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Brookings Mountain West

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About

Brookings Mountain West is a partnership between UNLV and the Washington, D.C.-based Brookings Institution. The purpose of Brookings Mountain West is to bring the Brookings tradition of high-quality, independent, and impactful research to the issues facing the dynamic and fast-growing Intermountain West region. Building upon work at Brookings and UNLV, our community engagement and research initiatives focus on helping metropolitan areas like Las Vegas grow in robust, inclusive, and sustainable ways. Brookings Mountain West provides a platform to bring ideas and expertise together to enhance public policy discussions at the local, state, and regional level.

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Accomplishments

Blue Metros, Red States book cover
Oct. 15, 2020
UNLV research team explores the population and politics of 13 swing states, pushing beyond the old blue state-red state model and painting a new picture where changing suburbs influence outcomes.
woman smiling
Oct. 6, 2020
Brookings Mountain West and The Lincy Institute student researchers embrace remote learning and engage in public policy research to benefit UNLV and the region.

Brookings Mountain West In the News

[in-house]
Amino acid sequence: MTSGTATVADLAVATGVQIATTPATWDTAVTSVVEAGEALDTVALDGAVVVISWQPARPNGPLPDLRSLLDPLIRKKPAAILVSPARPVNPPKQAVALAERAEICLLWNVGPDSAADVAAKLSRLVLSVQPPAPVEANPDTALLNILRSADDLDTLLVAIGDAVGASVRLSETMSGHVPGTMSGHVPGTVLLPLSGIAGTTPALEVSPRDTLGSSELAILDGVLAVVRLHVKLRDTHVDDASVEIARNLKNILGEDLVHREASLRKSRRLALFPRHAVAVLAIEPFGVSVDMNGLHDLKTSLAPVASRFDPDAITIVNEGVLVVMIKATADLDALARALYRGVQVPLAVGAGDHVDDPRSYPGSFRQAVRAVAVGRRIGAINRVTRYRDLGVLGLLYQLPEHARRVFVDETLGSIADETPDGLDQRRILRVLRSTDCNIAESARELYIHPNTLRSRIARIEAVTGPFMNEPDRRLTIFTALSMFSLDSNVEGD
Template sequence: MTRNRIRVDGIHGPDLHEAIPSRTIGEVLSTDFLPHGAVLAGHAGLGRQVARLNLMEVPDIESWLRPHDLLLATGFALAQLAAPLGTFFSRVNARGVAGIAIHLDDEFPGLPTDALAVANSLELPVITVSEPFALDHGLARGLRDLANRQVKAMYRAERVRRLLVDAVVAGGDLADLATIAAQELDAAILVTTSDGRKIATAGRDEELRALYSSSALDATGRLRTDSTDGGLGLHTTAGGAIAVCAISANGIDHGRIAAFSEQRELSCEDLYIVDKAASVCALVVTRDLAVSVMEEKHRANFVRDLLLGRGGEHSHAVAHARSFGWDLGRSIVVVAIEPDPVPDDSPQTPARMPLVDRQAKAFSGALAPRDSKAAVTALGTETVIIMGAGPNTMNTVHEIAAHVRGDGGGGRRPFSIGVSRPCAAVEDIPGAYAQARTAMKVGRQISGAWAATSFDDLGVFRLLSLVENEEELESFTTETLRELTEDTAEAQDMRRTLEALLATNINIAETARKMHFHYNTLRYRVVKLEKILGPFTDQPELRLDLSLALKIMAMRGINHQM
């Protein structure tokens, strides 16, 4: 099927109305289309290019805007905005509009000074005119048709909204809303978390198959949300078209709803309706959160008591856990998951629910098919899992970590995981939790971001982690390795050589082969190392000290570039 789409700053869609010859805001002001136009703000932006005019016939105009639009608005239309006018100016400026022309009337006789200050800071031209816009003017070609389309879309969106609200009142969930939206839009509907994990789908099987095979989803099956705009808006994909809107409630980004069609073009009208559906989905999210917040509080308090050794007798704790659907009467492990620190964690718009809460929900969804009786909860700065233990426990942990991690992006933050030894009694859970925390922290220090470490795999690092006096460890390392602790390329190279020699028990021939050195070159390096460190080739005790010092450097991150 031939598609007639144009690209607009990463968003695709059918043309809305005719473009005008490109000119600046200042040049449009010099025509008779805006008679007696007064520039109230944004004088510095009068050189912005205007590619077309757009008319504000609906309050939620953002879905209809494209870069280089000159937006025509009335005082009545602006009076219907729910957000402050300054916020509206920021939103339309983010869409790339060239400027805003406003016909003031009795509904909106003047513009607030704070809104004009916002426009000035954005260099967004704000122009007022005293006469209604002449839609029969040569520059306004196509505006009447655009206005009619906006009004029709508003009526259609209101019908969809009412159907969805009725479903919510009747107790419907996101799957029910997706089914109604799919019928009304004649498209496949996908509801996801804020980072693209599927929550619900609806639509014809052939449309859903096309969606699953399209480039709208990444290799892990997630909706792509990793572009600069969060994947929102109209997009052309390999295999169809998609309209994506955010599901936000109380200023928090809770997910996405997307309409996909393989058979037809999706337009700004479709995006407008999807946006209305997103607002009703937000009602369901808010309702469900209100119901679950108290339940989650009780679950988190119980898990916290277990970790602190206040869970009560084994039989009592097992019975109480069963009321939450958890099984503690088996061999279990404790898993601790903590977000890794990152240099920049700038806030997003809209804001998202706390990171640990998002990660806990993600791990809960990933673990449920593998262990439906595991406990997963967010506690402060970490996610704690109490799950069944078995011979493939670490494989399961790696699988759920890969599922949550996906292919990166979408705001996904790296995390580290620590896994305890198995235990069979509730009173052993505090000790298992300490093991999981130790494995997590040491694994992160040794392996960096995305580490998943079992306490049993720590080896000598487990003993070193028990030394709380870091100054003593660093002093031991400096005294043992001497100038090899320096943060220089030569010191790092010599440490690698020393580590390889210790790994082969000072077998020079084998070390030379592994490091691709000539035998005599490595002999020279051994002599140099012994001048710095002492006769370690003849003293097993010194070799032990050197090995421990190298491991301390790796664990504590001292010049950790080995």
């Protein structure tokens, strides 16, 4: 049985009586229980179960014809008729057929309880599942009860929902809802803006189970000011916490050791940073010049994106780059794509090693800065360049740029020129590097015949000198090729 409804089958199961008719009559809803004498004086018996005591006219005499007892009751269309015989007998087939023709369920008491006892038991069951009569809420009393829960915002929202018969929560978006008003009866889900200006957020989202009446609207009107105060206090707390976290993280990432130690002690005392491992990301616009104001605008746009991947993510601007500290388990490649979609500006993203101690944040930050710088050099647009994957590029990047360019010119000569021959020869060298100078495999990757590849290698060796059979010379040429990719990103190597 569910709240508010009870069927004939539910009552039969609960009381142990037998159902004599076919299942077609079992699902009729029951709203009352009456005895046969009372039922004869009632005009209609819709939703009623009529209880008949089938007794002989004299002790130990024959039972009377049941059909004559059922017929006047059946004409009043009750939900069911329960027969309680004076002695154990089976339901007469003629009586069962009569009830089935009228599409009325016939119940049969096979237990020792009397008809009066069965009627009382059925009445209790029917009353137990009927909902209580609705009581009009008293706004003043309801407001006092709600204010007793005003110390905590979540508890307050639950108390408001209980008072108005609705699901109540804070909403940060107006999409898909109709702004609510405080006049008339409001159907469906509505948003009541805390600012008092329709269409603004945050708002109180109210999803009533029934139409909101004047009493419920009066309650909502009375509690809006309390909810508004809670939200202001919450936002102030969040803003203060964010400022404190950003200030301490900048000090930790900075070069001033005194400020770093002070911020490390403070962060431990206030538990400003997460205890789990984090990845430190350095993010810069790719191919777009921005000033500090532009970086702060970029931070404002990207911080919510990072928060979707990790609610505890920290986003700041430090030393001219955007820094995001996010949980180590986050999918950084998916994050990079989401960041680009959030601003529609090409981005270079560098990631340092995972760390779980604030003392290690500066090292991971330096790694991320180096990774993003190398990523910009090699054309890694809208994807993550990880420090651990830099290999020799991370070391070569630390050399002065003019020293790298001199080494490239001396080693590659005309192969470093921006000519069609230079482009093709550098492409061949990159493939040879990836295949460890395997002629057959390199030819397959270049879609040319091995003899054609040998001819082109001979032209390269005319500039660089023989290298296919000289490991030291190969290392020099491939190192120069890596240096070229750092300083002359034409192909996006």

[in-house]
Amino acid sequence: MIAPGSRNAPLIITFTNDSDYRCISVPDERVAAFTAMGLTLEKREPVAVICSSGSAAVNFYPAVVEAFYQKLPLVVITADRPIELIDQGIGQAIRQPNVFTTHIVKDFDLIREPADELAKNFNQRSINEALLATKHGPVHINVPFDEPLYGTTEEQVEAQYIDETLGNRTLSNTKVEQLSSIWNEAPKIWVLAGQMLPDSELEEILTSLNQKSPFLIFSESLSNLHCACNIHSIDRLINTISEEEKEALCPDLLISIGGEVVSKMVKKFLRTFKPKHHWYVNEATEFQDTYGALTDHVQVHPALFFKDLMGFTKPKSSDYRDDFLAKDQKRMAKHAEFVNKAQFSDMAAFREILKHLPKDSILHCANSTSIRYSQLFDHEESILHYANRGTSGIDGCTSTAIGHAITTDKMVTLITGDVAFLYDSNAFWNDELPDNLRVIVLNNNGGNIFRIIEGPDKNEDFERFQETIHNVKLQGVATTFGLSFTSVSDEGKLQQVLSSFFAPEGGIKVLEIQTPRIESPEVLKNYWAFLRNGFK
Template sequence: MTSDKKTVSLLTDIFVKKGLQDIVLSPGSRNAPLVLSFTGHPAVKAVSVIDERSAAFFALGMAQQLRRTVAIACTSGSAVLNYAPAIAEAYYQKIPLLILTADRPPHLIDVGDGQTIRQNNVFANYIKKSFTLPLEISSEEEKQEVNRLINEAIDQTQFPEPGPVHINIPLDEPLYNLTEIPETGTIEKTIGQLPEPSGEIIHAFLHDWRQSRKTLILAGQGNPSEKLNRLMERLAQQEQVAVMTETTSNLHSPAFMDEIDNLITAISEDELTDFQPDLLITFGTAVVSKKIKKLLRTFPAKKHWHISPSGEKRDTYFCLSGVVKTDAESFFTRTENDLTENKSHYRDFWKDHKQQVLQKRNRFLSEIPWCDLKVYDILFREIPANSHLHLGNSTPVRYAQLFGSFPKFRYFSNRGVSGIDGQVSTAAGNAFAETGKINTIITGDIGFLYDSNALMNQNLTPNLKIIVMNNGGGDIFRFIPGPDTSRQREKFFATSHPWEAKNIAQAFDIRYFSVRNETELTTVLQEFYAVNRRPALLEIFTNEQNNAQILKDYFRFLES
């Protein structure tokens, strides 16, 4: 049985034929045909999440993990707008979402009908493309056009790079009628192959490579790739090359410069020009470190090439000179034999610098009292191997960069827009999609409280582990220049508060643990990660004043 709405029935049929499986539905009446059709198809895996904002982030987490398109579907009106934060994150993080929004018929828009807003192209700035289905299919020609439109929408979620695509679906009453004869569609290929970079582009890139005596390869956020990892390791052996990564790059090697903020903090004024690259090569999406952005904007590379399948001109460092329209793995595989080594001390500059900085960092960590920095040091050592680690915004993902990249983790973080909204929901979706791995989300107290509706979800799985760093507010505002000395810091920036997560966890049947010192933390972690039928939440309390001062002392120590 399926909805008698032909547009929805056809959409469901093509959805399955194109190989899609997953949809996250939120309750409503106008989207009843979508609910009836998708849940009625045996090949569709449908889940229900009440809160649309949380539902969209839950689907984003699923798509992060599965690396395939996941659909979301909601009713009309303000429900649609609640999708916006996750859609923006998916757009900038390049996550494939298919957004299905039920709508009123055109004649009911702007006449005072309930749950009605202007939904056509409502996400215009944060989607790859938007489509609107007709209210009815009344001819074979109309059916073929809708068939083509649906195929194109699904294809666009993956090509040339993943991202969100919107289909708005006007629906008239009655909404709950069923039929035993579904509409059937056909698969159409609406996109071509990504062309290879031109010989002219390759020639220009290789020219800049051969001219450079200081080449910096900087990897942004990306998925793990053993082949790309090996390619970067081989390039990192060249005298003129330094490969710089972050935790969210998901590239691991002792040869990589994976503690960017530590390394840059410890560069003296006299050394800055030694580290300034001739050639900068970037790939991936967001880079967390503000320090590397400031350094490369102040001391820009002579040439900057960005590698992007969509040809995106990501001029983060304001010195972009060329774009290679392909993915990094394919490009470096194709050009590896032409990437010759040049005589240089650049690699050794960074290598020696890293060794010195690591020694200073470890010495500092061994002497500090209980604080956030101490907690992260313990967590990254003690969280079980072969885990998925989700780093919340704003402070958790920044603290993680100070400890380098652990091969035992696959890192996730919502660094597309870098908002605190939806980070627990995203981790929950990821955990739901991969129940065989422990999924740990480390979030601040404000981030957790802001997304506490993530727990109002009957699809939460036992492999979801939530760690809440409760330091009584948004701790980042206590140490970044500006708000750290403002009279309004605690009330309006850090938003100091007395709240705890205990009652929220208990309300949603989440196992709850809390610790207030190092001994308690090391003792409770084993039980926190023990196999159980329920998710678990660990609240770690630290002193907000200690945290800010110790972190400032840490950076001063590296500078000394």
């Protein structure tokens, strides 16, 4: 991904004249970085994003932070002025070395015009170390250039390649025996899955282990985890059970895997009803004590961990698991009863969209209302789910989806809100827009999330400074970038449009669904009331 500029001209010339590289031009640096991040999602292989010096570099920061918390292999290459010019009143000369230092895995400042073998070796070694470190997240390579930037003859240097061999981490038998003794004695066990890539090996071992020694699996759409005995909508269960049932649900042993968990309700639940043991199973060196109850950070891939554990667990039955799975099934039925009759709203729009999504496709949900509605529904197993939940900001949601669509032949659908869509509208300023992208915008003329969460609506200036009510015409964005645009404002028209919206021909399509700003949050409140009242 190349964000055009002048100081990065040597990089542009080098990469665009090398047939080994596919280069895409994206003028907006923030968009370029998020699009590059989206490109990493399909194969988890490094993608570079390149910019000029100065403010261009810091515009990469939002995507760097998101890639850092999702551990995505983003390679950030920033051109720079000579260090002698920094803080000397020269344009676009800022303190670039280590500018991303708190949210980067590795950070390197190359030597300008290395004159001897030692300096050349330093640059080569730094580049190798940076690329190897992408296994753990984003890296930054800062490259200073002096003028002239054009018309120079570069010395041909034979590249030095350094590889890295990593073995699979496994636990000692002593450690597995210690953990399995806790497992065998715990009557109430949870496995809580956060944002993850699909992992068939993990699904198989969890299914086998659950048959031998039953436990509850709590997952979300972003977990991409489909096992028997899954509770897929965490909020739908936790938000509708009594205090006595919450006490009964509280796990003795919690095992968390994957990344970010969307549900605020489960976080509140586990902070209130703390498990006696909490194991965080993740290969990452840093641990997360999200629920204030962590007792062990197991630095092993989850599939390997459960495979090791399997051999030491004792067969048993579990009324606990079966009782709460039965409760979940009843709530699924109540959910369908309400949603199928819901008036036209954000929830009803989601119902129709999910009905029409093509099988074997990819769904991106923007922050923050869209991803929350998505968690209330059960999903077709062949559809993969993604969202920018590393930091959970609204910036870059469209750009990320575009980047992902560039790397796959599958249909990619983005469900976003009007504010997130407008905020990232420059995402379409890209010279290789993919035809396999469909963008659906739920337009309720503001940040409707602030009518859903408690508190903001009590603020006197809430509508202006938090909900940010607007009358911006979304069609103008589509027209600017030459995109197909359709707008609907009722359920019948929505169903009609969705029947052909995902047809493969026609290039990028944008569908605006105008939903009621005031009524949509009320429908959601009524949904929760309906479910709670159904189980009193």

Associated Press
Oct. 22, 2020

If the 1,000-seat sports betting auditorium at the Circa Resort & Casino doesn’t get you, maybe the six rooftop swimming pools will.

USA Today
Oct. 21, 2020

In 2016, nearly all major metropolitan areas voted for Hillary Clinton, including the counties that generate nearly two-thirds of the U.S. economy. In 2018, voters in the nation’s big blue metros returned Democrats to the majority in the House and drove the party’s senate pick-ups in Arizona and Nevada. They also secured gubernatorial victories in several other states. Suburbs in particular played an outsized role in the blue shift.

Newswise
Oct. 16, 2020

A U.S. map peppered with red and blue has become the unofficial logo of the presidential election in recent years. But it hasn’t always been that way, and, like much in politics, it’s a bit more complicated.

Nevada Current
Oct. 16, 2020

Unidentified hackers recently stole thousands of children’s private information from Clark County School District computers and we know little or nothing of how this happened. This theft of sensitive personal information raises questions as to the security vulnerabilities created by the five tech giants (Apple, Amazon, Facebook, Google, and Microsoft) and their hold over consumers’ data.

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